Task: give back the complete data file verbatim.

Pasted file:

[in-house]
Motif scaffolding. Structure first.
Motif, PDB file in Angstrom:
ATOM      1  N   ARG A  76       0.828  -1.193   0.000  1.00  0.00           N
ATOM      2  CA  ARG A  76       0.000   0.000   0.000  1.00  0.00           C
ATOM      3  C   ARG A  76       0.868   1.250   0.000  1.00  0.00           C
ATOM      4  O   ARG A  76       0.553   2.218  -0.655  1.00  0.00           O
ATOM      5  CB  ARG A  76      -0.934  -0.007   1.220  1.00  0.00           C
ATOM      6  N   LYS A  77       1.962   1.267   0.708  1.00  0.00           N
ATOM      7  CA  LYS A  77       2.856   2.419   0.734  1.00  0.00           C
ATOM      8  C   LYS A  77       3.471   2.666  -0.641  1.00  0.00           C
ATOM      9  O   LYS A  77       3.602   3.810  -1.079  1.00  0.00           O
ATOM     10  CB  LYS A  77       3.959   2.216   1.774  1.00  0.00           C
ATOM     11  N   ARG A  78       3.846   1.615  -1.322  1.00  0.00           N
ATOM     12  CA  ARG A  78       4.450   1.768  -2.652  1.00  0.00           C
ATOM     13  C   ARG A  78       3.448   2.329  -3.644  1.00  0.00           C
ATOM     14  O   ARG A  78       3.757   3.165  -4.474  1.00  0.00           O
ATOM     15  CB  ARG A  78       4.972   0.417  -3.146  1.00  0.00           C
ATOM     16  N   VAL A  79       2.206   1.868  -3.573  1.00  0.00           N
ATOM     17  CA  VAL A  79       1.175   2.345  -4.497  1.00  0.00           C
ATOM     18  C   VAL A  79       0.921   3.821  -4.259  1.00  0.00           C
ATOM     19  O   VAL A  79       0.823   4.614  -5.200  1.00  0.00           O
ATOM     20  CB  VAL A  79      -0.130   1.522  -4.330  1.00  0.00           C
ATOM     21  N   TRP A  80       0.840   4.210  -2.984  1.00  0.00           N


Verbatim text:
[in-house]
Motif scaffolding. Structure first.
Motif, PDB file in Angstrom:
ATOM      1  N   ARG A  76       0.828  -1.193   0.000  1.00  0.00           N
ATOM      2  CA  ARG A  76       0.000   0.000   0.000  1.00  0.00           C
ATOM      3  C   ARG A  76       0.868   1.250   0.000  1.00  0.00           C
ATOM      4  O   ARG A  76       0.553   2.218  -0.655  1.00  0.00           O
ATOM      5  CB  ARG A  76      -0.934  -0.007   1.220  1.00  0.00           C
ATOM      6  N   LYS A  77       1.962   1.267   0.708  1.00  0.00           N
ATOM      7  CA  LYS A  77       2.856   2.419   0.734  1.00  0.00           C
ATOM      8  C   LYS A  77       3.471   2.666  -0.641  1.00  0.00           C
ATOM      9  O   LYS A  77       3.602   3.810  -1.079  1.00  0.00           O
ATOM     10  CB  LYS A  77       3.959   2.216   1.774  1.00  0.00           C
ATOM     11  N   ARG A  78       3.846   1.615  -1.322  1.00  0.00           N
ATOM     12  CA  ARG A  78       4.450   1.768  -2.652  1.00  0.00           C
ATOM     13  C   ARG A  78       3.448   2.329  -3.644  1.00  0.00           C
ATOM     14  O   ARG A  78       3.757   3.165  -4.474  1.00  0.00           O
ATOM     15  CB  ARG A  78       4.972   0.417  -3.146  1.00  0.00           C
ATOM     16  N   VAL A  79       2.206   1.868  -3.573  1.00  0.00           N
ATOM     17  CA  VAL A  79       1.175   2.345  -4.497  1.00  0.00           C
ATOM     18  C   VAL A  79       0.921   3.821  -4.259  1.00  0.00           C
ATOM     19  O   VAL A  79       0.823   4.614  -5.200  1.00  0.00           O
ATOM     20  CB  VAL A  79      -0.130   1.522  -4.330  1.00  0.00           C
ATOM     21  N   TRP A  80       0.840   4.210  -2.984  1.00  0.00           N